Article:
I trudged out to pick up sticks and branches that had fallen into our yard during a thunderstorm. I worked my way from one side, breaking them into smaller sticks to fit in the yard waste bag. I was confident I picked up everything, until I turned around to head back to the house. That’s when I saw that I had missed many sticks! How did that happen?
I walked back to the house and looked out to find no sticks in sight. I returned to the far edge of the yard and counted 28 sticks, as I picked them up. Out of curiosity I went to look at the third side of the yard, and found three more sticks. This reminded me of a very important lesson:
Solutions which appear satisfactory from one angle will be woefully short from another viewpoint. So, how do you get different perspectives on a problem?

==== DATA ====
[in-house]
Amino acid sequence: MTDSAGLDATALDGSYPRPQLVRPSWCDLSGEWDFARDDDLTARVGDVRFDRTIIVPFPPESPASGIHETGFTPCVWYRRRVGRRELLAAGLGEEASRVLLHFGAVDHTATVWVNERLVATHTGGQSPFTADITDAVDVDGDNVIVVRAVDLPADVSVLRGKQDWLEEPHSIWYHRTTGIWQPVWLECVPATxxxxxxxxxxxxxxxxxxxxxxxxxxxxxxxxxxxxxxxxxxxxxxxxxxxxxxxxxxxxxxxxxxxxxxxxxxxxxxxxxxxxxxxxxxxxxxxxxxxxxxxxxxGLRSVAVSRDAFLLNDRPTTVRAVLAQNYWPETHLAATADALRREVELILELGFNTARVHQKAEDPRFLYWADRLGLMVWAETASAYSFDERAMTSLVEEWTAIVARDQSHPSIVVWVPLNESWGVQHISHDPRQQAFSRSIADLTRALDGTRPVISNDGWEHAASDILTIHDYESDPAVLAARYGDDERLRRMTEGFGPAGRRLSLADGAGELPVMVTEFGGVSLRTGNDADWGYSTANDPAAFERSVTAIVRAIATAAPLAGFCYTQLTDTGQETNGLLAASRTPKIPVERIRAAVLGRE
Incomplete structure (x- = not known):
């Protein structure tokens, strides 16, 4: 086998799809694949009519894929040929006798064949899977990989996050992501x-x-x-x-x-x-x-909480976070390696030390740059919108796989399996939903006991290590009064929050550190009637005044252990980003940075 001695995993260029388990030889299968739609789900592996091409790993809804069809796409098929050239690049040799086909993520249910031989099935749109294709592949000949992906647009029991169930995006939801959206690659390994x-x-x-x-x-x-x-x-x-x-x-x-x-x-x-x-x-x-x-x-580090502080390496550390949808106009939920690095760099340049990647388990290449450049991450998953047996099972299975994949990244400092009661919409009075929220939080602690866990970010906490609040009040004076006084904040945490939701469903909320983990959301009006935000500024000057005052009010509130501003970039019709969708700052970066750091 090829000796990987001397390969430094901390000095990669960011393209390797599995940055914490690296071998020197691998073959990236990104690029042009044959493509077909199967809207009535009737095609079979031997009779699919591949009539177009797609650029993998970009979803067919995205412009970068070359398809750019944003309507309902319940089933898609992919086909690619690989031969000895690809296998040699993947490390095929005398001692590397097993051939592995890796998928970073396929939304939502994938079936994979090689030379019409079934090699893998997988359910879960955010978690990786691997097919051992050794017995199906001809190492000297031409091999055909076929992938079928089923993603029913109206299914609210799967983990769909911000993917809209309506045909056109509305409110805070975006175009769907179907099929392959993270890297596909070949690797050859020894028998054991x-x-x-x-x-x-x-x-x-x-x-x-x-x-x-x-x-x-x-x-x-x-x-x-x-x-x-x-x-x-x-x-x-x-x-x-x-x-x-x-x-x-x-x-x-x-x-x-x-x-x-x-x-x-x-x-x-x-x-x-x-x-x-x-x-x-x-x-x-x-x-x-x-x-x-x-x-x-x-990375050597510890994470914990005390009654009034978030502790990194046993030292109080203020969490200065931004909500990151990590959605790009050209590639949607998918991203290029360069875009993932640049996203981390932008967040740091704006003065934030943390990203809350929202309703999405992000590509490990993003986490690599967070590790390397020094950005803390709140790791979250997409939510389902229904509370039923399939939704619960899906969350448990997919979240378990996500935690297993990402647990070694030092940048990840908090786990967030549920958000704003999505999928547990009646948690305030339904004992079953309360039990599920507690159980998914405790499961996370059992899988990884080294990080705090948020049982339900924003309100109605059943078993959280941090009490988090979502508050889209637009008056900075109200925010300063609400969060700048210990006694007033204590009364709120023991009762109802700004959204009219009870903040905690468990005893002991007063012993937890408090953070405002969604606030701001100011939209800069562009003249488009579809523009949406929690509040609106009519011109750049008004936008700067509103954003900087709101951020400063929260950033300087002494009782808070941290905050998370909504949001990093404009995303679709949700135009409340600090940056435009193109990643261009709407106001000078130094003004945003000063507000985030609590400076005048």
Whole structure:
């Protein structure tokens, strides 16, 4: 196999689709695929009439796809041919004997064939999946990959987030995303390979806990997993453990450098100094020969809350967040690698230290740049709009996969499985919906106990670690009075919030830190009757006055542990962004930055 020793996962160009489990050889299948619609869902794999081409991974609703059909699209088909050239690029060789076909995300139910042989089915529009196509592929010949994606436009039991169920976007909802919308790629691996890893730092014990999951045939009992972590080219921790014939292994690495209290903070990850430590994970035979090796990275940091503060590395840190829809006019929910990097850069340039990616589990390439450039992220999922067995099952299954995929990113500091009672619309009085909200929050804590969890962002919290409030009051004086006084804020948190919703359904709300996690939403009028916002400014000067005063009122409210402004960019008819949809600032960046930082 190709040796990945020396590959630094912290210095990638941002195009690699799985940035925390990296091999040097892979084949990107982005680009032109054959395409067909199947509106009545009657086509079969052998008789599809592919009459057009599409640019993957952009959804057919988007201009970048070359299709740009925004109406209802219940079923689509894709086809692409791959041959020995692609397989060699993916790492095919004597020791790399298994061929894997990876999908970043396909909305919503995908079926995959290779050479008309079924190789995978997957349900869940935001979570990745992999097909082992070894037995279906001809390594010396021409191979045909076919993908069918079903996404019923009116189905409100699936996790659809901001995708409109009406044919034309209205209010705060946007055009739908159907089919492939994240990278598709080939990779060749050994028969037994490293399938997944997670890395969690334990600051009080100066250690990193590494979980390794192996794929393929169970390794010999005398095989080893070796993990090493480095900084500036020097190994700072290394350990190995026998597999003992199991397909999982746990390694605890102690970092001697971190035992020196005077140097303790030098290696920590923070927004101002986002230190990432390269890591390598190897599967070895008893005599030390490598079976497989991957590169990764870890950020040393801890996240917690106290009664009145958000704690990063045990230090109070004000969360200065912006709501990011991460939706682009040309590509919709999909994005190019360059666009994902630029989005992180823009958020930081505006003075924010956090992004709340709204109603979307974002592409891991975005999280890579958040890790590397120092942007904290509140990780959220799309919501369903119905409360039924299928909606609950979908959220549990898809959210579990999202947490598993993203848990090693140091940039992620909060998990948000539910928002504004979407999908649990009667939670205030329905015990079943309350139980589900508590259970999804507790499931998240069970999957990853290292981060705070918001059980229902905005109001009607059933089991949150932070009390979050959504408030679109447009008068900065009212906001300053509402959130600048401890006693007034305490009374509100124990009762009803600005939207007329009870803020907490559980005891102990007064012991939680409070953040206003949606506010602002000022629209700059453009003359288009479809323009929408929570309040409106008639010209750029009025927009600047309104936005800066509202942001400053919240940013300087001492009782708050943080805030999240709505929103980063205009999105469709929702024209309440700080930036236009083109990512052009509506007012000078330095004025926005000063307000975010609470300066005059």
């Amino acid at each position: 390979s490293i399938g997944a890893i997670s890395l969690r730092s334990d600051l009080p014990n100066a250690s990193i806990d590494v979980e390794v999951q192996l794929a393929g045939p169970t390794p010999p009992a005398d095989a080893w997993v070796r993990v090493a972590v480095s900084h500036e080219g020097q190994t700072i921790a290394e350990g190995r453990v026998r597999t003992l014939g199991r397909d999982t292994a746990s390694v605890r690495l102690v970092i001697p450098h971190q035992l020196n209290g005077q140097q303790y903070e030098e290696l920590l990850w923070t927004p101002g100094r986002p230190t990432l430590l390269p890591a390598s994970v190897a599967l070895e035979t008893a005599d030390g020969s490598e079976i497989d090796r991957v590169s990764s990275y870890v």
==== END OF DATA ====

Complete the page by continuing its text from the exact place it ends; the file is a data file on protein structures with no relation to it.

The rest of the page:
- Use your imagination. What does this problem look like from a customer’s view? What about your peer’s perspective? Your employees, or members of your team? (Hint: Start with what’s important to them to get a sense of how they will see a problem and possible solution.)
- Consider the time dimension. What happens 1 week or 6 months or 2 years after you implement a possible solution? What new problems will you have, and will you prefer those to the current problem? Play chess, and think out a move or two.
- Ask other people. Accept it as a fact that we can see better together than as individuals. Smart leaders ask for input and test out their ideas with other smart people. It is especially valuable to ask someone who is directly affected by the problem.
The other benefit of examining problems from multiple perspectives is that you will often discover a superior solution. This is one of the teachable skills you can pass along to the next generation of leaders.